Here are some small projects that caught our eye this week. As we noted earlier, these projects are defined by modest funding goals, shorter durations, and great small-backer rewards. Other than that, they can be absolutely anything! Check these out and see if they spark any ideas. If they do, give it a whirl!
Hannah Moore loves mollusks (who doesn’t?) so she’s printing her beautifully designed T-shirts of mollusks in love: a giant squid hugging a sperm whale, an octopus inking hearts, and a snail with a secret message. A mere $5 gets you a mollusk-themed sketch, $20 gets you a sketch and a T-shirt. —Ted
Sometimes small projects come from the smallest project creators — in this case, eight-year-old Fiona. But don’t be fooled by her diminutive stature! Fiona’s been rocking since she was four, and writes lyrics that would put most indie rockers to shame. One of the first songs she ever wrote (with her dad as backing band) is called “Foot Makes Noise.” It’s featured as her first project update, and it’s wild to watch a 4-year-old Fiona effortlessly belt spontaneous lyrics. With a modest goal of $500, and individual songs going for $1, it’s no surprise that Fiona’s almost made her goal. At this rate, she’ll be releasing a boxed set within a few years! Another small project perhaps? —Cindy
Jackie Mock wants to document the overlooked corners of America by collecting souvenirs and historical relics from all 50 states. She plans to travel across the country and sculpt her finds into “tumbleweeds” representing each state. Part history lesson, part mobile art project, Jackie dreams big but thinks small: an overall goal of only $600, and a choice between TWO one dollar rewards. —Cassie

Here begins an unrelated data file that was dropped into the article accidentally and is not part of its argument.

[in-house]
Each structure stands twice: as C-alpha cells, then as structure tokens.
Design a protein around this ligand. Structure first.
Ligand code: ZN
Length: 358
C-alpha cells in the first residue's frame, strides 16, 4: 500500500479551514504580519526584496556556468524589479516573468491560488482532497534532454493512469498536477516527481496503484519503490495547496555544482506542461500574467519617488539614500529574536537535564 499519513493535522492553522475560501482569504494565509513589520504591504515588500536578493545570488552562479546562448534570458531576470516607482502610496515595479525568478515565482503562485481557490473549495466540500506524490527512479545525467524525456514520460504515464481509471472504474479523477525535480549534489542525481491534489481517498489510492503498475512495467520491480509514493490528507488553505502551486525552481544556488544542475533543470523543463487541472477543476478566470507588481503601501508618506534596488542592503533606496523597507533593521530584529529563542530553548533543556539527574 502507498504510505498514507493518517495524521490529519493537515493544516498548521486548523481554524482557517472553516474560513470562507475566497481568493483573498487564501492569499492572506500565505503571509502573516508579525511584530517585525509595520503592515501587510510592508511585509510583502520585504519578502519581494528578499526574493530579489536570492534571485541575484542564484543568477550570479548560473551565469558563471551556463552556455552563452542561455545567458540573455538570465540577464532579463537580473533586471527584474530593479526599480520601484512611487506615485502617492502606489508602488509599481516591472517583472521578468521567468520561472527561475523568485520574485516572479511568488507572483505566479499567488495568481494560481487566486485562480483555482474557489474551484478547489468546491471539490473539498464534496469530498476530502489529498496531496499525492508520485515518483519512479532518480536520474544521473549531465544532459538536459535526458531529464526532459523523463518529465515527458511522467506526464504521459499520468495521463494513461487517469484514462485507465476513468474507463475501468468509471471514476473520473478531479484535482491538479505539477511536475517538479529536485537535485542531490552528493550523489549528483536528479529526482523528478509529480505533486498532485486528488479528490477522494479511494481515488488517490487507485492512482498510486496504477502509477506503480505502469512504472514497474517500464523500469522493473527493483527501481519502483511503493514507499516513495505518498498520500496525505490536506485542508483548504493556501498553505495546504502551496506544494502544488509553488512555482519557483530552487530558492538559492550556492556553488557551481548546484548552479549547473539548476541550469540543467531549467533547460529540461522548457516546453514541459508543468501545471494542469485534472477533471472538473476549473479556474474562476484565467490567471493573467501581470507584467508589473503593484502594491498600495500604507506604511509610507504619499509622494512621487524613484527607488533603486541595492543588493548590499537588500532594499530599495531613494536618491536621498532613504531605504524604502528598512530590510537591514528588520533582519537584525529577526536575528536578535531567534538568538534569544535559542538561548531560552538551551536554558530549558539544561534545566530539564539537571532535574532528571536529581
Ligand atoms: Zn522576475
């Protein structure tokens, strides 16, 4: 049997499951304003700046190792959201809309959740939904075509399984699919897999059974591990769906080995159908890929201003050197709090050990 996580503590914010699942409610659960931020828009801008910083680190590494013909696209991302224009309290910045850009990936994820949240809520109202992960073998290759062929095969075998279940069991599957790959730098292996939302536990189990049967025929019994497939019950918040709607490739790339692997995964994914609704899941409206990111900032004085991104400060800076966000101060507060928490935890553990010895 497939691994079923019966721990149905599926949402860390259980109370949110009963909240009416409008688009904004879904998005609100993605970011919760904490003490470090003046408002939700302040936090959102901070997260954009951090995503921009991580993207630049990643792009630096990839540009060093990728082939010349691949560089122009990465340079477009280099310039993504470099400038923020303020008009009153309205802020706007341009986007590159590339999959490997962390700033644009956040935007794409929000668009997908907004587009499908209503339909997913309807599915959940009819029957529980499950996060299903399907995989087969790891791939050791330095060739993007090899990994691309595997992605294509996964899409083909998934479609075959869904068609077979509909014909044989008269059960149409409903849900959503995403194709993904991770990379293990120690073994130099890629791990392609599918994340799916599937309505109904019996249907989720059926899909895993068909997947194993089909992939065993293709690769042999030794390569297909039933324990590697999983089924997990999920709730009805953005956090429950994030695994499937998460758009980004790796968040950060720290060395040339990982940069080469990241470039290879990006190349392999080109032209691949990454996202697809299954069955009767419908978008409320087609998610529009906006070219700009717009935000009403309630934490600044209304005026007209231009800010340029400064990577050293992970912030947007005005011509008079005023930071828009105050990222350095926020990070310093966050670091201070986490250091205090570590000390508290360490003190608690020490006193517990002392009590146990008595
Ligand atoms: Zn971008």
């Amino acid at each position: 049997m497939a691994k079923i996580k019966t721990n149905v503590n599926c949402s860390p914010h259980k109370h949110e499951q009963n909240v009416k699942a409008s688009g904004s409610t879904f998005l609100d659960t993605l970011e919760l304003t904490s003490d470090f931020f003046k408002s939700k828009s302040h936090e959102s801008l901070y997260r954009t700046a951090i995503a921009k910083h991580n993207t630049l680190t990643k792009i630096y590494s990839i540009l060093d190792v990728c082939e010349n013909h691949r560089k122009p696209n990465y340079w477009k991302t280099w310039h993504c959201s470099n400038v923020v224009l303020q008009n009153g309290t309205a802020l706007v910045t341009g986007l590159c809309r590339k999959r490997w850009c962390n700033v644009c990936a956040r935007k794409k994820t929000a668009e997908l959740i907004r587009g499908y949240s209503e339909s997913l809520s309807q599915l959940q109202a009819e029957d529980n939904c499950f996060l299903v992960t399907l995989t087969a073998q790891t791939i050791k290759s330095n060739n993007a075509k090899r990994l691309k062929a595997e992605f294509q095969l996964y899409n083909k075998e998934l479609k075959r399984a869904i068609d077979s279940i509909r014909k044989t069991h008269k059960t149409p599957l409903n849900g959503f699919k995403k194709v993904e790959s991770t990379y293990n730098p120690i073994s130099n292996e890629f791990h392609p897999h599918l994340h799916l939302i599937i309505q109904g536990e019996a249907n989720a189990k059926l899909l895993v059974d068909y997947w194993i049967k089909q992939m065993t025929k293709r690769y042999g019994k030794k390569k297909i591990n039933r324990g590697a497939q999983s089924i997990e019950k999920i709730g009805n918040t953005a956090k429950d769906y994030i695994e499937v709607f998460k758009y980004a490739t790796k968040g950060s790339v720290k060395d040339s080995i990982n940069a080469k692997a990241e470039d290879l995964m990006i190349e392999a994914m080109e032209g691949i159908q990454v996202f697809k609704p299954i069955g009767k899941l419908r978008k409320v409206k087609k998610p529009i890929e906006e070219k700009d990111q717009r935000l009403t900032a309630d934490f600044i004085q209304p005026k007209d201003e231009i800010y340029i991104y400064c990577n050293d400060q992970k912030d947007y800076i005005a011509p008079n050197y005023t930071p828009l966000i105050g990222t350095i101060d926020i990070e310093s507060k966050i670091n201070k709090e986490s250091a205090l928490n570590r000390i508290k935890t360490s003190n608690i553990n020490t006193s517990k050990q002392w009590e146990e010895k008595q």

“Project Springfield” is Kyle McCoy’s attempt to recreate the entire town of Springfield, beloved home of The Simpsons, as a multi-dimensional, pixel-art landscape. The final piece will be huge — over ten feet long and four feet high! — but his Kickstarter project is adorably small. A $3 pledge gets you an invite to the project’s unveiling, and a $10 piece of personalized pixel art of your favorite character. —Cassie
Who doesn’t occasionally check a coin return to try to get lucky? Richard Kelley is rewarding those efforts by anonymously planting small buttons in coin returns around the country that carry messages like “Instant Winner,” “I Check Coin Returns,” and “I Have A Button.” This playful public art project will cover cities all over the country for a full year, all with a modest $400 goal. —Ted